DBO Settlement with Advance America Subsidiary Continues Crackdown on Interest Rate Cap Avoidance
$160,000 Agreement Provides Borrower Refunds, Penalties
SACRAMENTO – The Department of Business Oversight (DBO) today finalized a settlement with Advance America’s California subsidiary that continues a broader DBO crackdown on lender avoidance of interest rate limits on small-dollar consumer loans.
“California consumers deserve a zero-tolerance policy when it comes to lender practices that cause borrowers to pay higher interest rates than they should under state law,” said DBO Commissioner Jan Lynn Owen. “We will remain aggressive in finding and penalizing such conduct, and making consumers whole.”
The $160,000 settlement requires the subsidiary – Advance America, Cash Advance Centers of California, LLC (AA LLC) – to refund $82,000 to 519 borrowers and pay an administrative penalty of $78,000.
Advance America is one of the nation’s largest payday lenders, and AA LLC offers that product in California. The settled enforcement case, however, involves conduct under the subsidiary’s license to make installment loans in the state.
The settlement resolves allegations AA LLC improperly added Department of Motor Vehicle fees to the amount of installment loans, which brought the loans’ total to more than $2,500. That meant the affected loans were not subject to the California Finance Law’s (CFL) interest rate caps, which only apply to loans under $2,500.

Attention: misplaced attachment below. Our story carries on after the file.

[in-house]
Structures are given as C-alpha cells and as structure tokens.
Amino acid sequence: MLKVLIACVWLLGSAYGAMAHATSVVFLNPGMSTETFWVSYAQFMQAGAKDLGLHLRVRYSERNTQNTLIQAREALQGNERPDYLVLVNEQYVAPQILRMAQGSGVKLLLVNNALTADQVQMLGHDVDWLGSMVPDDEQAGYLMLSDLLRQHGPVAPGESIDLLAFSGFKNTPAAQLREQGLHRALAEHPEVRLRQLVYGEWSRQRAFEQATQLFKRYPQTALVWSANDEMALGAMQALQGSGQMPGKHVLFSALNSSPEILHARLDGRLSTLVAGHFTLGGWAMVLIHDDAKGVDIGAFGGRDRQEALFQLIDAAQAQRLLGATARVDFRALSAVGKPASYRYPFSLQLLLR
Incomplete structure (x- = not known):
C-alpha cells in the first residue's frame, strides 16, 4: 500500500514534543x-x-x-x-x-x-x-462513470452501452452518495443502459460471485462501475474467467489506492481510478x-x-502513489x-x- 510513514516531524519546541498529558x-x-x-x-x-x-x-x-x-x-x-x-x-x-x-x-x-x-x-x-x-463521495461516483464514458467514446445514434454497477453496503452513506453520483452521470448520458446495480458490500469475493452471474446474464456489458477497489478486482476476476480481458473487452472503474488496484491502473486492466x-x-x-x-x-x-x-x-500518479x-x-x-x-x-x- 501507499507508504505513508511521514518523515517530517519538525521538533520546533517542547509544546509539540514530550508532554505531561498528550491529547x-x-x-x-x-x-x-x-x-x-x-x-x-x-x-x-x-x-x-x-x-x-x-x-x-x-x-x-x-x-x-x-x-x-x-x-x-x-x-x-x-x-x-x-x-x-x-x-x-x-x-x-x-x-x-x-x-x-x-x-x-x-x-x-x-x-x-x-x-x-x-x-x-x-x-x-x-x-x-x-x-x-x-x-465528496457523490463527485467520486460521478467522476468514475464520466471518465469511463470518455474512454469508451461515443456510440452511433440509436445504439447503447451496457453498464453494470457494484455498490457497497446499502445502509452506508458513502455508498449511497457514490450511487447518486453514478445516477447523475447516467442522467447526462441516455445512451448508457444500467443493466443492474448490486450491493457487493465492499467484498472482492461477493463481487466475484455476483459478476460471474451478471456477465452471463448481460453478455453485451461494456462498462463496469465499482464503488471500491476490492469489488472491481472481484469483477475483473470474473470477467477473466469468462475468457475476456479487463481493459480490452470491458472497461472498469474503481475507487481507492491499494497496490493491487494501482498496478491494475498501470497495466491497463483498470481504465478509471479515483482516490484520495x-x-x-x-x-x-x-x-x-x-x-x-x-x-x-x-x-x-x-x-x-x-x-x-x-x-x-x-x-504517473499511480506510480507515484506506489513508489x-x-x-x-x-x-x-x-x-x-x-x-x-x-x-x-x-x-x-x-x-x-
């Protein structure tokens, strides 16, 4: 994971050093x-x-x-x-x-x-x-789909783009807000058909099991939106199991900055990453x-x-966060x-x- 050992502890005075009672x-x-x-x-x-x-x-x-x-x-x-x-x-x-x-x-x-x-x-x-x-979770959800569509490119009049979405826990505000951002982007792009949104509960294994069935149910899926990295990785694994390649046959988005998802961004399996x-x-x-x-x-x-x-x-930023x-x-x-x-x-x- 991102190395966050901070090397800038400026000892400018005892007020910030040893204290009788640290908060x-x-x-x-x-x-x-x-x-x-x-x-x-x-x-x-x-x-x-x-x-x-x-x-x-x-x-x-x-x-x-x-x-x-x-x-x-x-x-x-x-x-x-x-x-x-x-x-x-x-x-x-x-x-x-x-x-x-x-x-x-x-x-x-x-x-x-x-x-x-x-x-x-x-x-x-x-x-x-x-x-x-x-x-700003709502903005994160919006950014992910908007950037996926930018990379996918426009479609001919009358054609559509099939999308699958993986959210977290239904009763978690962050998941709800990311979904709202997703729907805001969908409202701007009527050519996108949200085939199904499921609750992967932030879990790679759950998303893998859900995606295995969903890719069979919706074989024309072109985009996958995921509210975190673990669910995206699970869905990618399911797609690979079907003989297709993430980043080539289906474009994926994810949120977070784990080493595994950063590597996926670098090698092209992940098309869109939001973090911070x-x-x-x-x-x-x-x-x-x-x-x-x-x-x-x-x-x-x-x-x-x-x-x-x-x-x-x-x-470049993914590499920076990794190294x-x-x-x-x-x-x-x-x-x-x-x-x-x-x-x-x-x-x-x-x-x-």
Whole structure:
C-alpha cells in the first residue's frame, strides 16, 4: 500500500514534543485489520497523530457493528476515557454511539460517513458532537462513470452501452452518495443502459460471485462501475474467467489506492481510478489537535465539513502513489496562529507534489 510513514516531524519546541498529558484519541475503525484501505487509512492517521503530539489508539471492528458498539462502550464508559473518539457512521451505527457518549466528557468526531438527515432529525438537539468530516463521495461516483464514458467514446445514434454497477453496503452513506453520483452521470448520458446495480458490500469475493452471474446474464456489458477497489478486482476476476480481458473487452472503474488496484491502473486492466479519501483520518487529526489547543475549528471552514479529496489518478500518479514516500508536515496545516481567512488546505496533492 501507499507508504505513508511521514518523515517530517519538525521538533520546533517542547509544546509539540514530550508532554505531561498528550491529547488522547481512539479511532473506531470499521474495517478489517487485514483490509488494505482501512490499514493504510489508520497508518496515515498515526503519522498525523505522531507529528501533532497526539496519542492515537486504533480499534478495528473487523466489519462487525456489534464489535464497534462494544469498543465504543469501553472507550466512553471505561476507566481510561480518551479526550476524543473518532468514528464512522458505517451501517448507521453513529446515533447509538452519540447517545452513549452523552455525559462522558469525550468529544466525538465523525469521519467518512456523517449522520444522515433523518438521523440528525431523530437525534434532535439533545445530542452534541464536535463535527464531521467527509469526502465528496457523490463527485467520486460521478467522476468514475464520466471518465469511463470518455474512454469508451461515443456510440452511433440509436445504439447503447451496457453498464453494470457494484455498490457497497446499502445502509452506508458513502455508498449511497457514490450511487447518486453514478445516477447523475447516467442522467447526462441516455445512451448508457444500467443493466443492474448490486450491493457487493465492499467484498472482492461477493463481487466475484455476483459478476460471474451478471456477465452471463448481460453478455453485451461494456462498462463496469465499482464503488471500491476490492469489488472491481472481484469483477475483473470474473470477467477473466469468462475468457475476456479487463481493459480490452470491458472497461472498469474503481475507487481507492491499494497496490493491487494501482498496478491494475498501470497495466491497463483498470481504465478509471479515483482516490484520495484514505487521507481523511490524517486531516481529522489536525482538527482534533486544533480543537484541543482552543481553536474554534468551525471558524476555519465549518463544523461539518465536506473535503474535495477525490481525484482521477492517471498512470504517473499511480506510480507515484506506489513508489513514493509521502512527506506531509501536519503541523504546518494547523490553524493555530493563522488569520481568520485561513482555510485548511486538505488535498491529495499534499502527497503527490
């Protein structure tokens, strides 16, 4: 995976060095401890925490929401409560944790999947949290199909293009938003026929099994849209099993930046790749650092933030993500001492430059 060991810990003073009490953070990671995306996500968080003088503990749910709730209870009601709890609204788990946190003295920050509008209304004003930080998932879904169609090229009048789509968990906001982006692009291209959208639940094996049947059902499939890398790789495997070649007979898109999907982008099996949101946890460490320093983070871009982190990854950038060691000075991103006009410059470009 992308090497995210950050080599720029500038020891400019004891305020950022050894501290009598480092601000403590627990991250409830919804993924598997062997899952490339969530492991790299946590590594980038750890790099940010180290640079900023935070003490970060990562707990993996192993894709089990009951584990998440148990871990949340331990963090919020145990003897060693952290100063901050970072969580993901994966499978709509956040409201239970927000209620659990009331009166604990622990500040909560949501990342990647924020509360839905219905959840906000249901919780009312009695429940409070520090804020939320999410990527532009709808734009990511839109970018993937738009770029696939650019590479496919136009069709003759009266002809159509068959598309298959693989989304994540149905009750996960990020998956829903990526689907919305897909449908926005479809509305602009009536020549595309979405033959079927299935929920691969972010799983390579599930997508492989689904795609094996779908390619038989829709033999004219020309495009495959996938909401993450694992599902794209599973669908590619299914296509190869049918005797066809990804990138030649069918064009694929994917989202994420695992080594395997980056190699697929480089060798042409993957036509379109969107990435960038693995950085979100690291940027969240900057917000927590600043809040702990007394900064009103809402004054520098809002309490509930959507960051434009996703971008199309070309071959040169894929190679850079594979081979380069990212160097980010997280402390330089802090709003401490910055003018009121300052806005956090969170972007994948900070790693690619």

Additionally, the settlement resolves allegations AA LLC paid unlicensed lead generators to acquire some customers, in violation of CFL regulations.
The AA LLC case follows two similar actions by the DBO against Check Into Cash of California, Inc. and Quick Cash Funding, LLC. The DBO settled the Check Into Cash and Quick Cash Funding actions in December 2017. The cases are part of the DBO’s ongoing effort to investigate the extent to which licensed lenders have improperly evaded the CFL interest rate limits.
Check Into Cash agreed to refund $121,600 to 694 customers and pay $18,000 to cover the DBO’s investigation costs. Quick Cash Funding agreed to provide $58,200 of refunds to 423 borrowers, and $9,700 in penalties and costs.
In the Check Into Cash case, the DBO alleged the company deceived consumers into taking out loans that exceeded $2,500 by falsely telling them state law prohibited loans smaller than that amount. Quick Cash Funding, the DBO alleged, steered customers into loans greater than $2,500 for the express “purpose of evading” the interest rate caps.
The DBO licenses and regulates more than 360,000 individuals and entities that provide financial services in California. DBO’s regulatory jurisdiction extends over state-chartered banks and credit unions, money transmitters, securities broker-dealers, investment advisers, non-bank installment lenders and payday lenders, mortgage lenders and servicers, escrow companies, franchisors and more.
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